Report: Cities Fiddle While World Warms

A hillside near Mexico City (Photo: Carlye Calvin, UCAR)

Compared to most of the world, California would appear to have a head start in planning for a changing climate.

Cities across the world are not doing enough to protect citizens from the likely impacts. That’s the finding of a new analysis from the National Center for Atmospheric Research (NCAR) in Boulder, CO. The report says cities are unprepared for rising seas, intensified heat waves, while failing to curb their own greenhouse gas emissions.

The failure to act doesn’t bode well for the billions of people who live in cities around the world, according to NCAR Scientist Patricia Romero Lankao, who came to her findings through an in-depth analysis of urban policies.

More than half the world’s population lives in cities. That proportion continues to grow, especially in small-to-medium sized urban areas, where infrastructure is often limited, according to the study. In developing countries this often means substandard housing, and neighborhoods springing up in vulnerable areas such as flood plains or hillsides. Climate change could exacerbate already difficult conditions in these urban areas by bringing more extreme weather events, such as floods, heat waves, and droughts, to places ill-equipped to deal with them.

The study cites three main reasons for cities’ failure to prepare:

  • Fast-growing cities are overwhelmed with other needs,
  • Civic leaders are often under pressure to downplay the need for health and safety standards in order to foster economic growth, and
  • Climate projections are rarely detailed enough to predict impacts on individual cities.

Cities also are not doing all they could to reduce their own emissions.  The NCAR study finds that, rather than imposing construction standards that could save energy or guiding policy to reduce automobile use, many local governments are taking a “hands-off” approach.

“Cities can have an enormous influence on emissions by focusing on mass transit systems and energy-efficient structures, but local leaders face pressures to build more roads and relax regulations that could reduce energy use,” said Romero Lankao in a written release.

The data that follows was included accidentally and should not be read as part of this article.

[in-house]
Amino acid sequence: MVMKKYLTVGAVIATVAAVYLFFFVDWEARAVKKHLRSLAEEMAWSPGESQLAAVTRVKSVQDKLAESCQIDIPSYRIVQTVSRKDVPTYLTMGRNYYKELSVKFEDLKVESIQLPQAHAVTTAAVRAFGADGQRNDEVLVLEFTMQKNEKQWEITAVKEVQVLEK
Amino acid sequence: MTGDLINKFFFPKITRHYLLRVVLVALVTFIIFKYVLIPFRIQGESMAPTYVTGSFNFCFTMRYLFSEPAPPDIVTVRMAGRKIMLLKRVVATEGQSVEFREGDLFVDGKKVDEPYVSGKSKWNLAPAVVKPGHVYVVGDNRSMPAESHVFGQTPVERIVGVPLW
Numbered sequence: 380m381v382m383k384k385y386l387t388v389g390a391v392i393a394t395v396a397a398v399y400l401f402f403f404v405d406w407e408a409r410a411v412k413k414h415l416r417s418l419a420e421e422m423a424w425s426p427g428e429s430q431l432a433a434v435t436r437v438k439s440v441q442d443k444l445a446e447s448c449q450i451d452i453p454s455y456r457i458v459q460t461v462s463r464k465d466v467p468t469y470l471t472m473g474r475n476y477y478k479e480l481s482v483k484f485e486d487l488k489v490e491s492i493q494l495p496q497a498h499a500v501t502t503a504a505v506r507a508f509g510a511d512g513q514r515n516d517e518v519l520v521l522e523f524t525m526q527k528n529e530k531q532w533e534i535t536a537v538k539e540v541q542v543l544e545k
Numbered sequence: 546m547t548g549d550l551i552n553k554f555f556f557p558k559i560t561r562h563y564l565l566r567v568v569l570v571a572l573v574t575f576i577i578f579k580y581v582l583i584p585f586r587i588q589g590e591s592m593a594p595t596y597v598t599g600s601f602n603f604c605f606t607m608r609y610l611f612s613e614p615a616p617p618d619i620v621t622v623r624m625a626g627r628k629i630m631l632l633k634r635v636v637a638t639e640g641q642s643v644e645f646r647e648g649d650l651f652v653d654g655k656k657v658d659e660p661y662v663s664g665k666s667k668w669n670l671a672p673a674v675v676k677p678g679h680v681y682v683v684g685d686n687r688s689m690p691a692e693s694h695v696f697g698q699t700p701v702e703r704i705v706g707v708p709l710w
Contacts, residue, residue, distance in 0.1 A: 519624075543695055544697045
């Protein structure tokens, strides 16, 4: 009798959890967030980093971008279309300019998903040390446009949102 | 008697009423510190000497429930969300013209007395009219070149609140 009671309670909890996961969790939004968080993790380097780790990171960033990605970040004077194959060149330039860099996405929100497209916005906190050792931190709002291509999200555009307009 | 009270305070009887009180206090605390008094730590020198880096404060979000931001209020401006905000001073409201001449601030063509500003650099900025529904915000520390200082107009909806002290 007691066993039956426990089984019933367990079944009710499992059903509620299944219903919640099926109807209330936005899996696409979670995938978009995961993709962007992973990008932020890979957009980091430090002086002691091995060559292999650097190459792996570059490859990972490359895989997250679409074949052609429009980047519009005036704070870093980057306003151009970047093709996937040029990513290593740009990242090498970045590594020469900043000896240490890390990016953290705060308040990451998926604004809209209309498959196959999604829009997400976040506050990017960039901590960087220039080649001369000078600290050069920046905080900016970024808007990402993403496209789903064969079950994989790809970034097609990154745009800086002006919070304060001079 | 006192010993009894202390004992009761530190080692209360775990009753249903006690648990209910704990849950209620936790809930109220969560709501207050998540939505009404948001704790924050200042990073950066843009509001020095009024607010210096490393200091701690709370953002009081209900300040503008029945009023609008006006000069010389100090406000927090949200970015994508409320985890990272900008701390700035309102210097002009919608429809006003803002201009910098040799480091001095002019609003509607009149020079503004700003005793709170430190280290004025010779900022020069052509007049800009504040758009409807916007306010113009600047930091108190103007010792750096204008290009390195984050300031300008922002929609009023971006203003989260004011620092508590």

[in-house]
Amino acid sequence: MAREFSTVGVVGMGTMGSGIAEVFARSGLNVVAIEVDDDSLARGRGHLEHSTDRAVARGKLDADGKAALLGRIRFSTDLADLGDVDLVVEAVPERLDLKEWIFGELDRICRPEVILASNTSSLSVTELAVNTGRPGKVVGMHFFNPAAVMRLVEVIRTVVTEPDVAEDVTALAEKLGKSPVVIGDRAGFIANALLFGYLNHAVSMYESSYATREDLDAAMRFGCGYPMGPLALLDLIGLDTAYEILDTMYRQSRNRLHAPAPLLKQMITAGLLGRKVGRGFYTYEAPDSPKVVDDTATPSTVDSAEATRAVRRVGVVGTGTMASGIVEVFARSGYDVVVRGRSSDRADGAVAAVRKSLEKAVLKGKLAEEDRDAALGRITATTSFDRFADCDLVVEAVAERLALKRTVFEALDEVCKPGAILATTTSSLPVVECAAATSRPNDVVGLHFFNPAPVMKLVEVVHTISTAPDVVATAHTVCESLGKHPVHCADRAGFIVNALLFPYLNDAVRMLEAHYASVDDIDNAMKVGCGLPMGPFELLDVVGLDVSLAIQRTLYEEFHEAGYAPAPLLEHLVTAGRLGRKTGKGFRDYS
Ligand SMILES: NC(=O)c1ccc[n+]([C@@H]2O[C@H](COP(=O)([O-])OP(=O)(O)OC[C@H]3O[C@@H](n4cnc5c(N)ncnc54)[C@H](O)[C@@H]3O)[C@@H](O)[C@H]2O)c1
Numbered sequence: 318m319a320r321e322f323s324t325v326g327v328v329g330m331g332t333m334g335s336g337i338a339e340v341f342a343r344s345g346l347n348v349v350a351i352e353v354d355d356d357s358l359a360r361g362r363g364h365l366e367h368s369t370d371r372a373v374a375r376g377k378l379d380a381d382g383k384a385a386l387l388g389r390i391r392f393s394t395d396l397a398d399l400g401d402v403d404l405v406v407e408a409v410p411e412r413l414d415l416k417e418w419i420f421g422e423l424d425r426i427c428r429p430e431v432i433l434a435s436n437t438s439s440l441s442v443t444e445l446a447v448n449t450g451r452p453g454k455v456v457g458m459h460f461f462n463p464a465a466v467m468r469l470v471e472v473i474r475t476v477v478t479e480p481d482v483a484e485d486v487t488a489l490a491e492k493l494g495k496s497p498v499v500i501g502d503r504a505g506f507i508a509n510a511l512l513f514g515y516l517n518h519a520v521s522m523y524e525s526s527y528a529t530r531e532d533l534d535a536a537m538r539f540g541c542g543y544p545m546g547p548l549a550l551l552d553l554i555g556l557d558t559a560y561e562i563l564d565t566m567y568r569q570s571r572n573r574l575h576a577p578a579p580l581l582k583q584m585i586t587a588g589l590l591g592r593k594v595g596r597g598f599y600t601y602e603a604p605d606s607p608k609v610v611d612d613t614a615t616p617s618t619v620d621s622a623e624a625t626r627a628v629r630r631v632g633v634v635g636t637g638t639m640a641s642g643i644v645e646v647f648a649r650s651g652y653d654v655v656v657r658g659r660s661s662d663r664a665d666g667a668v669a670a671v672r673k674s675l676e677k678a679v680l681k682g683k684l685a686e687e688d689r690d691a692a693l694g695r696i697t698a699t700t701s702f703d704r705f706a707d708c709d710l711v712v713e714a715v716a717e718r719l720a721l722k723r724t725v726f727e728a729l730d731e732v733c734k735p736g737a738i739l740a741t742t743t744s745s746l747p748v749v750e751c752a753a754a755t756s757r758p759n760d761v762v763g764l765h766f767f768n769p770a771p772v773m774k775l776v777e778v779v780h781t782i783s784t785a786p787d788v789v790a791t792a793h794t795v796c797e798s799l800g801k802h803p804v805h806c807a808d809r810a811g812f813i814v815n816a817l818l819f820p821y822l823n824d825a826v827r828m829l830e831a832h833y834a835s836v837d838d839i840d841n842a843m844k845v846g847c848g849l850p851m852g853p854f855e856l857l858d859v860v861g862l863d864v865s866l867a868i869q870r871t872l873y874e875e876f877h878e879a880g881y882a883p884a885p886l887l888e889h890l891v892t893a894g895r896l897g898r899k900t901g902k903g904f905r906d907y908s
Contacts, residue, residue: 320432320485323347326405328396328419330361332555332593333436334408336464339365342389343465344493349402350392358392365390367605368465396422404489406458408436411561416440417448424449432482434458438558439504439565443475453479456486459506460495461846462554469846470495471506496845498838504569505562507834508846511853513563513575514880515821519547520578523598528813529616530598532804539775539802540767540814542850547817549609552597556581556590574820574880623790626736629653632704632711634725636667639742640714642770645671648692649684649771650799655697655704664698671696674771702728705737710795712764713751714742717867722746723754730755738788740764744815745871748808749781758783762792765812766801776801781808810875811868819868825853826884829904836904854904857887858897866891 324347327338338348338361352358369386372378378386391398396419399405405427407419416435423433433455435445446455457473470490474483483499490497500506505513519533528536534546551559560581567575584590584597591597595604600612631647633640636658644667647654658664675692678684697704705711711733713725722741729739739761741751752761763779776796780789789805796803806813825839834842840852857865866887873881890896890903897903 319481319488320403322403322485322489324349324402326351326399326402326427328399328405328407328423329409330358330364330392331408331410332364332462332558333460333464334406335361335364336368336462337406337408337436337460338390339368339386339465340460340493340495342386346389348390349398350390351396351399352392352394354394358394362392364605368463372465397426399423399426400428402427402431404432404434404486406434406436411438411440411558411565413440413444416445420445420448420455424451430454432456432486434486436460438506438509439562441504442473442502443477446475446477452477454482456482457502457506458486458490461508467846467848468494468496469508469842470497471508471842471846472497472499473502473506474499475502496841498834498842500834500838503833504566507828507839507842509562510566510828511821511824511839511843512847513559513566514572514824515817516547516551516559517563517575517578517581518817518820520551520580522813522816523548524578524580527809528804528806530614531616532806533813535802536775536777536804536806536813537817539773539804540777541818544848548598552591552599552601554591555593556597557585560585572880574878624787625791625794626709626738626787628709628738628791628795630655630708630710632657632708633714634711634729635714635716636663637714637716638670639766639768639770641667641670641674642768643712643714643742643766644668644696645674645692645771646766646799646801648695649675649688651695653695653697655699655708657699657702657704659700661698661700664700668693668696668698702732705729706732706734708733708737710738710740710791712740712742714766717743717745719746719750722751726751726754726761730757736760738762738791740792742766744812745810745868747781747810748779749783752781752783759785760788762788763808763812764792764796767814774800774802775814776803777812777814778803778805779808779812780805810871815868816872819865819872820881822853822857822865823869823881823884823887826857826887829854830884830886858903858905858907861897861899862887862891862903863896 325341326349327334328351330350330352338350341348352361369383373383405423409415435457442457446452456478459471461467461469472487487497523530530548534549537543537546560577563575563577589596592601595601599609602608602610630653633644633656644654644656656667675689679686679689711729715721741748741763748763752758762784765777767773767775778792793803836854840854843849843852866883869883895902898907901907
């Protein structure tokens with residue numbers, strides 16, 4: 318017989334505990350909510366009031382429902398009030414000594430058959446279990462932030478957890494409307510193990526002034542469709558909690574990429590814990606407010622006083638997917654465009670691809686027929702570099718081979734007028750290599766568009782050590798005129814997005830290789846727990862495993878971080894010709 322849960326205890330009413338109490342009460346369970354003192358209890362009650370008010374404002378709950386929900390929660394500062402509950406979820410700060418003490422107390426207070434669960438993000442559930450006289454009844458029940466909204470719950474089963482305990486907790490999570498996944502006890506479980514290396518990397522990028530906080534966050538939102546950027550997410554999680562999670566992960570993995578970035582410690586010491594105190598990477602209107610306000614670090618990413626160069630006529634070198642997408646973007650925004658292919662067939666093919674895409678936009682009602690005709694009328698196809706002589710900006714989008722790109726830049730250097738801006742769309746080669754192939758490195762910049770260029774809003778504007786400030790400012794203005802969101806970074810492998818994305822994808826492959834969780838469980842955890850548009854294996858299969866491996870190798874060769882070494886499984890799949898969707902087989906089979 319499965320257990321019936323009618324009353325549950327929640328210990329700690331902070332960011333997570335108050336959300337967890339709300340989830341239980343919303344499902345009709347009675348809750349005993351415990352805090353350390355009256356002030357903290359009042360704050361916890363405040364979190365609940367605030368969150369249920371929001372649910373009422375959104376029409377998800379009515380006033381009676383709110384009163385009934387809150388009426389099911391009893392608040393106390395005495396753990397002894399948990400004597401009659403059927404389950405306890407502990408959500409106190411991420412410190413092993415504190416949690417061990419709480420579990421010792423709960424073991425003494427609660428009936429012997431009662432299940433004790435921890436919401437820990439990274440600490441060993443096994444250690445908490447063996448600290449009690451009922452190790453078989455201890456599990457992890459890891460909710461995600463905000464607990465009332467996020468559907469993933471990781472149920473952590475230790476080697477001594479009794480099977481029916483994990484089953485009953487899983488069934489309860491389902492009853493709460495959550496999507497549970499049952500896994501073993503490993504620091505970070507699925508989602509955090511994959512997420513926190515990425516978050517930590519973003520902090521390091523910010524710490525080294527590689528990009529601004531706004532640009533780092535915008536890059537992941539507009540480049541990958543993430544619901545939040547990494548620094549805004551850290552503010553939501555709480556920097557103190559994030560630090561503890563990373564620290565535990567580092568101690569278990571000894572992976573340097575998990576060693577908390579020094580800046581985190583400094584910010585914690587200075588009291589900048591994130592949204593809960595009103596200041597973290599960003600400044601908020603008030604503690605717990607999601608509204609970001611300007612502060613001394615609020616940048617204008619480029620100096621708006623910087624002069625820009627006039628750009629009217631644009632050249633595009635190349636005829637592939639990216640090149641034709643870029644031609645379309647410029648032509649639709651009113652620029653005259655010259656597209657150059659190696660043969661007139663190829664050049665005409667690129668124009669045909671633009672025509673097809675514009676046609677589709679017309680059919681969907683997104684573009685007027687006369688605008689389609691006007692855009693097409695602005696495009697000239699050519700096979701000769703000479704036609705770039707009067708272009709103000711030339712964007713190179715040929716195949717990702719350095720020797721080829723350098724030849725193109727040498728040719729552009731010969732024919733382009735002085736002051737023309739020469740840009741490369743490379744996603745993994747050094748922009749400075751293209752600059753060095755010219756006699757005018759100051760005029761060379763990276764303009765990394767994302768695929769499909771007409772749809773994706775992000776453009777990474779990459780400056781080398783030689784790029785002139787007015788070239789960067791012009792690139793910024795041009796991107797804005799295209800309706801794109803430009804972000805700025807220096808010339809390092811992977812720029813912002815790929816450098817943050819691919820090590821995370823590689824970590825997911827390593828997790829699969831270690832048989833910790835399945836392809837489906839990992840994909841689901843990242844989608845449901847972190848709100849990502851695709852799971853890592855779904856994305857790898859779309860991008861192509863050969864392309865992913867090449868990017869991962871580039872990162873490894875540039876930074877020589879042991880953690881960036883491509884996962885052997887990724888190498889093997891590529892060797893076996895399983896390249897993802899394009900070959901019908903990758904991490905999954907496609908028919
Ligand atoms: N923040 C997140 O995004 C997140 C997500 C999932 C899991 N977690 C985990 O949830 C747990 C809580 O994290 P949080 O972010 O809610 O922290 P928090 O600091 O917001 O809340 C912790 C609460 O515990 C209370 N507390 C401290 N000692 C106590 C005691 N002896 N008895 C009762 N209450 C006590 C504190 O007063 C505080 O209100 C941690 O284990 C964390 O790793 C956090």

Here in California, Senate Bill 375 takes aim at exactly that problem.  By requiring regional and local authorities to work together to find ways to reduce driving (as measured through vehicle miles traveled), the law is designed to help California reach its greenhouse gas emissions reductions goals.  Different regions across the state have different reductions targets for per-capita emissions from passenger vehicles, but most fall in the range of a 7% reduction by 2020, and 13% by 2035.

“California is getting there,” said Michael Schmitz, the California Director for ICLEI-Local Governments for Sustainability, a membership association of more than 1,000 local governments worldwide (600 in the US) that aims to “advance climate protection and sustainable development.”

He said that while cities like Vancouver, British Columbia, and others in Japan and Australia are ahead of California in terms of acting decisively to mitigate emissions and to adapt to climate change, cities in California are leading the way in the United States. That’s largely due to action at the state level, said Schmitz who credits the state’s AB 32 and SB 375 laws with creating a framework for local governments, regional authorities, and the state to work together on climate change issues.

“We see in California cities that the biggest adaptation issues are sea level rise, constraints on water supply, and public health concerns from increased heat days,” said Schmitz.

He cited San Mateo County, Chula Vista, Greater San Diego, and the Bay Area as among California’s leaders because all have begun “vulnerability assessments,” to gauge how climate change could affect local infrastructure, public health and safety.  Another example, is the city of Ventura, which has already begun to act, he said, by relocating oceanfront bike paths and parking lots in anticipation of sea level rise.

“Cities have the most direct control over land-use decisions and public health infrastructure, and they can have the biggest impact on behavior changes,” said Schmitz. “They have the ability and the burden to be able to address and adapt to climate change.”

Learn more about projected climate change impacts in California from this 2009 report from the United States Global Change Research Program.